You would think that the movie and TV industries had long ago mined everything they could from the Superman story, but guess again.
The strange visitor from another planet who can leap tall buildings in a single bound flies back onto TV this week in a whole new series that positions him as a husband and father.
In the show, titled “Superman & Lois,” Clark Kent is in his late 30s or early 40s and married long enough at this point in his life to have two teenage sons -- non-identical twins -- with his wife, Lois Lane, a colleague at the Daily Planet newspaper in the city of Metropolis (which in this show, seems to be Chicago).
The two titular characters are played by Tyler Hoechlin and Elizabeth Tulloch (pictured above).
The two-hour premiere of the show slotted for 8-10 p.m. (Eastern) on The CW this coming Tuesday introduces this “Superman” story’s main preoccupation.
In short, Clark and Lois are concerned that one or both of their boys -- both of whom are half-Kryptonian and half-Earthling -- may have inherited some or all of their father’s superpowers, along with all of the responsibilities that will eventually go with them.
Just to be clear here, Clark’s wife Lois knows all about his secret identity as Superman. And so does her father -- a high-ranking U.S. military official (a general of some sort) who has the Man of Steel on speed-dial and is able to summon him at a moment’s notice in case of emergencies (which happen often).
Unlike the traditional “Superman” story in which (if memory serves), the superpowers of the tot who would become Superman were evident from his very early boyhood, the possibility that either of the two twins -- Jonathan (Jordan Elsass) and Jordan (Alexander Garfin) -- are endowed with similar abilities is not yet apparent.
However, there are hints that powers of an unearthly sort are beginning to emerge in these teens, which makes this “Superman” story a coming-of-age story about two teen boys -- both about to begin their freshman year in high school -- who are about to enter a critical stage in their emotional and physical development.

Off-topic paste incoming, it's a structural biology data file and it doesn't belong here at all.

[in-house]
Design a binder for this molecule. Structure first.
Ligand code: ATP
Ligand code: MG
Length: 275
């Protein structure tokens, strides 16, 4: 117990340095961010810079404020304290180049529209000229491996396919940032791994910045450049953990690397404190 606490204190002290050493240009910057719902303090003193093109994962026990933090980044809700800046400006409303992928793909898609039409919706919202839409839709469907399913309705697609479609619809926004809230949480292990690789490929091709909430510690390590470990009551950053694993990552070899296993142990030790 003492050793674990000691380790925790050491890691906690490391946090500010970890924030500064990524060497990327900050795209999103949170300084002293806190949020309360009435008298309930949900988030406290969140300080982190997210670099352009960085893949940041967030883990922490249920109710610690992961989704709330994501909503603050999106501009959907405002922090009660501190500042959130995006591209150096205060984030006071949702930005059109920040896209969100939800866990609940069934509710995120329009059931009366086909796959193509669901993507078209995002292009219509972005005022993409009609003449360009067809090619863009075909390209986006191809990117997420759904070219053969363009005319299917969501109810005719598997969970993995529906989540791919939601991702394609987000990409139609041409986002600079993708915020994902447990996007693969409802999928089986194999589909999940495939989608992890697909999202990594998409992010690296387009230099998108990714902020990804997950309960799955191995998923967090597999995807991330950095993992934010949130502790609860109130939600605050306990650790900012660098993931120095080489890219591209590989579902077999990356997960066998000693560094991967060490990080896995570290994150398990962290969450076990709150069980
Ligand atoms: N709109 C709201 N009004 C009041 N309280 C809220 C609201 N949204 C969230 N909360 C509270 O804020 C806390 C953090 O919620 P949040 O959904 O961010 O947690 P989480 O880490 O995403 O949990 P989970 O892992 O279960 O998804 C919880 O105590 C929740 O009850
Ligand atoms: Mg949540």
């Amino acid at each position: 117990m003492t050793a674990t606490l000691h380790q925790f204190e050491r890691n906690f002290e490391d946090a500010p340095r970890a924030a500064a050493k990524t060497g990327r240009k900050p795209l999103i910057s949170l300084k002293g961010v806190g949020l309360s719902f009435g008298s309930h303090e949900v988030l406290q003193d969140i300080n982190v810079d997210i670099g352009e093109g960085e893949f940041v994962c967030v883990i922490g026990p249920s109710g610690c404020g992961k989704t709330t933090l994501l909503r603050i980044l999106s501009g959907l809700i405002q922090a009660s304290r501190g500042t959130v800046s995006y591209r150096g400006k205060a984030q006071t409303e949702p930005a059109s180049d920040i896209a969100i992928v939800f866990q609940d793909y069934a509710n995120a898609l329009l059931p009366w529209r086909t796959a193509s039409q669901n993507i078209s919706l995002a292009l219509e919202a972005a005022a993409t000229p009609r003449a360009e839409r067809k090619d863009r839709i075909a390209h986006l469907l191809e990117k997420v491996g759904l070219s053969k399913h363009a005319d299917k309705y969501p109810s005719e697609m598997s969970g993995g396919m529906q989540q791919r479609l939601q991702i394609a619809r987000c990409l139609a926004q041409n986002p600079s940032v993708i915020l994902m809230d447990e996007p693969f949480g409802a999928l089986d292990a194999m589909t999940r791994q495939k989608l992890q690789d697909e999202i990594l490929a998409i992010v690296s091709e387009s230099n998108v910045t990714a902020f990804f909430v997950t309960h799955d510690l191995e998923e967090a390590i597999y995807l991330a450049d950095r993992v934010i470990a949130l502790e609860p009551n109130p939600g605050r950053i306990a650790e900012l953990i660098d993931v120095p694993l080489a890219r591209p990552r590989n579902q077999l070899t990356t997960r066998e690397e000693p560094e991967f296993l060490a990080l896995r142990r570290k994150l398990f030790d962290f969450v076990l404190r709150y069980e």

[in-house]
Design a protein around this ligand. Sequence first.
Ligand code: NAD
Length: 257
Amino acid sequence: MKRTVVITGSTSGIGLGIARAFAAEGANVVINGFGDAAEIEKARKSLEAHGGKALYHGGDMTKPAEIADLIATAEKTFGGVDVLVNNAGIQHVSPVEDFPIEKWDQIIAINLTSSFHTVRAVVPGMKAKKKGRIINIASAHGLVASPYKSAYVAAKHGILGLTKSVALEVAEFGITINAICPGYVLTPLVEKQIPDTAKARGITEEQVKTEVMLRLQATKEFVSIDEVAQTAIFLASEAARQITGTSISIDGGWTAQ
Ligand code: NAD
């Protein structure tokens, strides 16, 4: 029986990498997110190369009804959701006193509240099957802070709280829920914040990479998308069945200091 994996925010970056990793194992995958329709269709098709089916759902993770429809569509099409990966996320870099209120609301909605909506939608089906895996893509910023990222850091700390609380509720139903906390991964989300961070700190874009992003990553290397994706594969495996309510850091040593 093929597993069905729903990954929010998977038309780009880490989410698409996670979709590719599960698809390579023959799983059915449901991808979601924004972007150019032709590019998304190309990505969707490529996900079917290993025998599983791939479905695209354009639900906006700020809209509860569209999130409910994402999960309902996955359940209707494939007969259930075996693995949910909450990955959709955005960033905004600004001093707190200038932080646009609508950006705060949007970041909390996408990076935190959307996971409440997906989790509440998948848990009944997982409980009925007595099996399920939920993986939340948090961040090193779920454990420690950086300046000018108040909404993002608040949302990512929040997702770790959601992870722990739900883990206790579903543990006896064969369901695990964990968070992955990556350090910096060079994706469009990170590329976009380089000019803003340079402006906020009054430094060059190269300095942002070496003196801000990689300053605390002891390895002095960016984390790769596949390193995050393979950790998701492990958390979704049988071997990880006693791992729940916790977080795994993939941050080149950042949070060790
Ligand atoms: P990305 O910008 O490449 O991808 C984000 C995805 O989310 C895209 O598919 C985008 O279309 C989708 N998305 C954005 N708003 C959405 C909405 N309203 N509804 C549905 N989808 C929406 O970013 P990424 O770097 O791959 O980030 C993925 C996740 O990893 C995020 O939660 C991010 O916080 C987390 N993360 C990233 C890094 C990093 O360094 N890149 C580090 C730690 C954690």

In this way, “Superman & Lois” emerges as a new “Superman” TV show in which the focus is not entirely on the superhero and his wife, but also on the stories of their two teenagers -- which is a wholly clever and appropriate construct for a new drama on the teen-focused CW.
The makers of “Superman & Lois” have shrewdly created their two teen characters to cover all the bases. One of them is a charismatic, extroverted jock, while the other is an introvert who is melancholy and brooding, and answers his parents in dull monosyllables.
In fact, based on the series’ premiere, the title “Superman & Lois” is almost a misnomer. A more accurate title might have been “Superman & Sons” or perhaps “Superman: The Next Generation.”
Whatever the title, the opinion here is that this is a very good new “Superman” show. The premiere episode more than held the TV Blog’s interest from beginning to end, although nothing in this column’s history would ever indicate a patience or affection for superhero TV shows.
But perhaps Superman is the exception. He was always the greatest of all superheroes, not only possessing powers and abilities far beyond those of mortal men, but also beyond all other superheroes as well. May Superman and his sons live long and prosper.
“Superman & Lois” premieres Tuesday (February 23) at 8 p.m. Eastern on The CW.